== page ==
When the card launched in April, it had a retail price of $999 and since then had come down to the ~$880 range. Today though, AMD has definitely made an aggressive move against NVIDIA by lowering the price of its flagship product a full $300.
Not only that, but the Radeon HD 7990 6GB dual-GPU card will still include 8 free PC games, while supplies last. As part of the Never Settle series of bundles, the HD 7990 includes Crysis 3, Bioshock Infinite, Tomb Raider, Far Cry 3, Blood Dragon, Hitman Absolution, Sleeping Dogs and Deus Ex. If you don't own all or some of those titles, that makes the HD 7990 price drop even MORE appealing.
The Radeon HD 7990 hasn't been a card to avoid controversy. Our initial review of the card showed that CrossFire scaling was resulting in very poor perceived performance and our Frame Rating system was able to detail how and why very precisely. But on August 1st, AMD released a new Catalyst 13.8 driver that introduced a frame pacing fix for the problem for single monitor (non 4K) users.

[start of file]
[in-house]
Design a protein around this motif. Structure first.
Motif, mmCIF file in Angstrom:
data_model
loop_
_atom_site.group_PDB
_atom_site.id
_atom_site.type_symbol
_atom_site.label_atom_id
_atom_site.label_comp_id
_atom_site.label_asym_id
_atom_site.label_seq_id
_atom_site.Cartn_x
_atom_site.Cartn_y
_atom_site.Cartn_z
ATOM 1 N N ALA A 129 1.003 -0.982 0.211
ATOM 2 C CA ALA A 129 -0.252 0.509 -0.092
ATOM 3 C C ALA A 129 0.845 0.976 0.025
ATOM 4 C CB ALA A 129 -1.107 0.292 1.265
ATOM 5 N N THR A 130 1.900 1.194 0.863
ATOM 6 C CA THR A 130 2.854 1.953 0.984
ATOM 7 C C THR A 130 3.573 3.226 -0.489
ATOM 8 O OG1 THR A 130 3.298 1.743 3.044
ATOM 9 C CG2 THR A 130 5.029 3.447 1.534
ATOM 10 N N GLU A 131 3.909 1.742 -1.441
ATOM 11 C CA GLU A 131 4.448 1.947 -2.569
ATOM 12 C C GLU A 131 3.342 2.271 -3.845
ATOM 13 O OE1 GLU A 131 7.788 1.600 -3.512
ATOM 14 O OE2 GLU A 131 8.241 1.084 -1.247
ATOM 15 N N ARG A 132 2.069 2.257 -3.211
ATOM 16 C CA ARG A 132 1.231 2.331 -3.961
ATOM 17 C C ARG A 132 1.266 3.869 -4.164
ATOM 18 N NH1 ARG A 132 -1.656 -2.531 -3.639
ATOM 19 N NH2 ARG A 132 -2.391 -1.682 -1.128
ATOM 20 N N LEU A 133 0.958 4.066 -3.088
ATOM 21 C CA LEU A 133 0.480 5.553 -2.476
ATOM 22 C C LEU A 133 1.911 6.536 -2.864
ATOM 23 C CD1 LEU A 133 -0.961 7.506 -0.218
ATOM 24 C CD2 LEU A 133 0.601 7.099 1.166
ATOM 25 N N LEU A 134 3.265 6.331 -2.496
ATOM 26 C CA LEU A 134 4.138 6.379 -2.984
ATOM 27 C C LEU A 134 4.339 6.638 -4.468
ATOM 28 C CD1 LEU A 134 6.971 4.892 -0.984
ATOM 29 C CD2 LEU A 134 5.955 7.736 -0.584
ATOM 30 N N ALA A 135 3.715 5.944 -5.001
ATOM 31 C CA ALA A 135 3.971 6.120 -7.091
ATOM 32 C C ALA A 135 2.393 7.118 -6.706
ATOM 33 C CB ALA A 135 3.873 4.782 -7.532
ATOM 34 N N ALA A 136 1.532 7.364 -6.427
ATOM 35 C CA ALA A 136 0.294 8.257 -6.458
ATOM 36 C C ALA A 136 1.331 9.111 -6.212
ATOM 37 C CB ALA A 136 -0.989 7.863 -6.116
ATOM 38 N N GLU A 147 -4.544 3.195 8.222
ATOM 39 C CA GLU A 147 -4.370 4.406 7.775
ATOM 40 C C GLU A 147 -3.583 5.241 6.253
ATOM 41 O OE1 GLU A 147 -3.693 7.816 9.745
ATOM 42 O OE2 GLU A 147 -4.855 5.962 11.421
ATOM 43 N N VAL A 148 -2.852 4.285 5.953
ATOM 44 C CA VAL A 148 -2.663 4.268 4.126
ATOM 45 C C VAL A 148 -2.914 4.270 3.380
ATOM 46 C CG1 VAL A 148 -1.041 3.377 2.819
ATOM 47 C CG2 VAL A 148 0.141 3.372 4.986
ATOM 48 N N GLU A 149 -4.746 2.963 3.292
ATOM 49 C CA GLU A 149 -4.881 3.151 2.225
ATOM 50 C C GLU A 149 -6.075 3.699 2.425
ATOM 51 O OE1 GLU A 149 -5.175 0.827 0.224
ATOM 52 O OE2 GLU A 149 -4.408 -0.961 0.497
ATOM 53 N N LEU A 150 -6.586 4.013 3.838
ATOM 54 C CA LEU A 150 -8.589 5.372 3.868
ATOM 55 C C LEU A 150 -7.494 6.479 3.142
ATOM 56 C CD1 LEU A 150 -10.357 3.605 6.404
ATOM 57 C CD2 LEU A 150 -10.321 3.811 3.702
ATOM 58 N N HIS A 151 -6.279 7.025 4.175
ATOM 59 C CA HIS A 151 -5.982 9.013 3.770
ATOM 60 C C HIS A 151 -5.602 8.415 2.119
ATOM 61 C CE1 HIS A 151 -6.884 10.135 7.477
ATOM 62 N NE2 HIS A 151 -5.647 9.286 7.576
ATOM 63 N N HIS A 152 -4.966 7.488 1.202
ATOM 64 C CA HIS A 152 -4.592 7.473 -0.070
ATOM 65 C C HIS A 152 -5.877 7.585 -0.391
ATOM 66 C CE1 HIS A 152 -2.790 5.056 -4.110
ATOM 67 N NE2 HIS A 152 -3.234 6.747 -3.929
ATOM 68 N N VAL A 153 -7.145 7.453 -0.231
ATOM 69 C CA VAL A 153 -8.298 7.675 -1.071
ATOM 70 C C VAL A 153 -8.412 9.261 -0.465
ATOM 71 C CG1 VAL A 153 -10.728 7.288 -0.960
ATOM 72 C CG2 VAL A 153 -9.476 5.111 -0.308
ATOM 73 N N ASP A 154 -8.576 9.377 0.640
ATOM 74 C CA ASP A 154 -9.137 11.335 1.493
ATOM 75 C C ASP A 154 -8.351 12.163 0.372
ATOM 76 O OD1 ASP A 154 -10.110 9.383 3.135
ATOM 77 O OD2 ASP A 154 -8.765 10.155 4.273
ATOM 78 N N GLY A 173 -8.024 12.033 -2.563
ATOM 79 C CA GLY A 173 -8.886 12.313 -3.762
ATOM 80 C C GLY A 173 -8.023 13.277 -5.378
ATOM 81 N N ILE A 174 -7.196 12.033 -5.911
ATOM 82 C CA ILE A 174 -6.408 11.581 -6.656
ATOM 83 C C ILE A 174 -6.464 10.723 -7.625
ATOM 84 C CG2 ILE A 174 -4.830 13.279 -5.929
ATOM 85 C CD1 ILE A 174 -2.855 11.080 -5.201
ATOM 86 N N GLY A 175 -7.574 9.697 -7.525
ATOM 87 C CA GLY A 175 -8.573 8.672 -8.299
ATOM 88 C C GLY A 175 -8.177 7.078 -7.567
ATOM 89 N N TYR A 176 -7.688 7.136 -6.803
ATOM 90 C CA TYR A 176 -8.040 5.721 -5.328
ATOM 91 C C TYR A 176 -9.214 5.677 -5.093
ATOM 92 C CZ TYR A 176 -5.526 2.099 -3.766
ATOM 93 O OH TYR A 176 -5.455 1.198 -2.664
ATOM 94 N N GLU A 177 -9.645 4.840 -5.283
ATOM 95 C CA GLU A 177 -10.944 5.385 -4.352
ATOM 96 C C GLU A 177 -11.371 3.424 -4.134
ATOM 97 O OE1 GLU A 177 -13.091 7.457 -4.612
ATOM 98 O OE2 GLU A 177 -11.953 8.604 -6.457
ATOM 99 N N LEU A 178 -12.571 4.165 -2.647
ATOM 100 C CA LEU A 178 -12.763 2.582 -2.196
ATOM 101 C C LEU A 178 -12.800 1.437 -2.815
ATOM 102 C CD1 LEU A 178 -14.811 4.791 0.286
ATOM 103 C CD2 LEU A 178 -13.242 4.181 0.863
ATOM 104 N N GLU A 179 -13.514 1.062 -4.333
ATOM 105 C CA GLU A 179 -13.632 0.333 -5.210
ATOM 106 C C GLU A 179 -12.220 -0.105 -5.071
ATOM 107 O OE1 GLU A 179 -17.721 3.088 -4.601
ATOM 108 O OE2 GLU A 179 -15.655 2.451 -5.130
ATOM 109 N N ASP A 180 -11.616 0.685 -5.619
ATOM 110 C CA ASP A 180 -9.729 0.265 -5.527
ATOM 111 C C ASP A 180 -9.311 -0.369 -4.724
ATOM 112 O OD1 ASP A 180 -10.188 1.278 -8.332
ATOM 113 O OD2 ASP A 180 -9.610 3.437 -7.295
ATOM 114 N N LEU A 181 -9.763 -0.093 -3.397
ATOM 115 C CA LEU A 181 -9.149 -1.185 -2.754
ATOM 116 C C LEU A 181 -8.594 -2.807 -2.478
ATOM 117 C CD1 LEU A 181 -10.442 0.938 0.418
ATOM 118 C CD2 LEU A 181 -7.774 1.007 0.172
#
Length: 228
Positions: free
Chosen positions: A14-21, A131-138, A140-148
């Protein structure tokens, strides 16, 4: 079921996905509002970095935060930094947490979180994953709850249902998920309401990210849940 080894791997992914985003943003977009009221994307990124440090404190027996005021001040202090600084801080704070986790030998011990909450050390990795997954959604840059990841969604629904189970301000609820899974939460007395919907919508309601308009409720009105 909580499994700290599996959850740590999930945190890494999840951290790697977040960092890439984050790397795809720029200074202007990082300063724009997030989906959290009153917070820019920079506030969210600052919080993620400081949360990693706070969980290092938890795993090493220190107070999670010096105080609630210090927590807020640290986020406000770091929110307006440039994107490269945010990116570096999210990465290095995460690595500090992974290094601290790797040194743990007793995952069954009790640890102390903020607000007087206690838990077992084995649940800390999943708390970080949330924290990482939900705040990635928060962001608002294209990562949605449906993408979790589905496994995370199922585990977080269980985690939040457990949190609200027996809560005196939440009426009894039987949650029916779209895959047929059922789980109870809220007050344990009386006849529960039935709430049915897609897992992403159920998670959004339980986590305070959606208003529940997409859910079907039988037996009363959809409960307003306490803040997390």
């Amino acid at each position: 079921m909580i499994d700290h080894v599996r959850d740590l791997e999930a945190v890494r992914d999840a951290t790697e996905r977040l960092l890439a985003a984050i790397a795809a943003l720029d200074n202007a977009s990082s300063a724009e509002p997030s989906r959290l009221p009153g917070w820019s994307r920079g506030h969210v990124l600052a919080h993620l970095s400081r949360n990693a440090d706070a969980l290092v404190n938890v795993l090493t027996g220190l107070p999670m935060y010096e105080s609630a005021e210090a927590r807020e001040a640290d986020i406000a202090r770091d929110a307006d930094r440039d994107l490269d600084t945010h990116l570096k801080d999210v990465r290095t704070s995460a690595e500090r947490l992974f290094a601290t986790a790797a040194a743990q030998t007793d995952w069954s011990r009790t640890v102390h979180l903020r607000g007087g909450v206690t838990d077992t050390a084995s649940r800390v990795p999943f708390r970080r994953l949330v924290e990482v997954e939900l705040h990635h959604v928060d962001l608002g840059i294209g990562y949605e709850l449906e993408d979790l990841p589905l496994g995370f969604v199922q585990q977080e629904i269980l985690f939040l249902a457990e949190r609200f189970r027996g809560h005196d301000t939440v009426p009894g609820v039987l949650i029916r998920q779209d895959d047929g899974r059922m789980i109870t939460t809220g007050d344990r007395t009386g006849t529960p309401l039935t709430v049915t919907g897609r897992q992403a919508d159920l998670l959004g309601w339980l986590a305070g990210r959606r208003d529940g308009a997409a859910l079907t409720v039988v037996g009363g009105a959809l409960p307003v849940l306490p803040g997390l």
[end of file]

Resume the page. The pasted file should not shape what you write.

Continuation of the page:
I would highly encourage any user thinking about buying the Radeon HD 7990 to read over my Catalyst 13.8 updated article to see if the hardware makes sense for you. With a $699 price tag, compared to the $999 of the GeForce GTX 690 or GTX TITAN from NVIDIA, the product is spectacularly interesting as long as you don't use multi-display Eyefinity or one of the new 4K dual-head displays like the ASUS PQ321Q.
For gamers that are using a single panel though, hopefully at 2560x1440 or 2560x1600, this price drop might turn things around. Check out those new $699 prices at Newegg!
Subject: General Tech, Graphics Cards | August 2, 2013 - 12:44 PM | Jeremy Hellstrom
Tagged: video, stutter, radeon, nvidia, hd 7990, frame rating, frame pacing, amd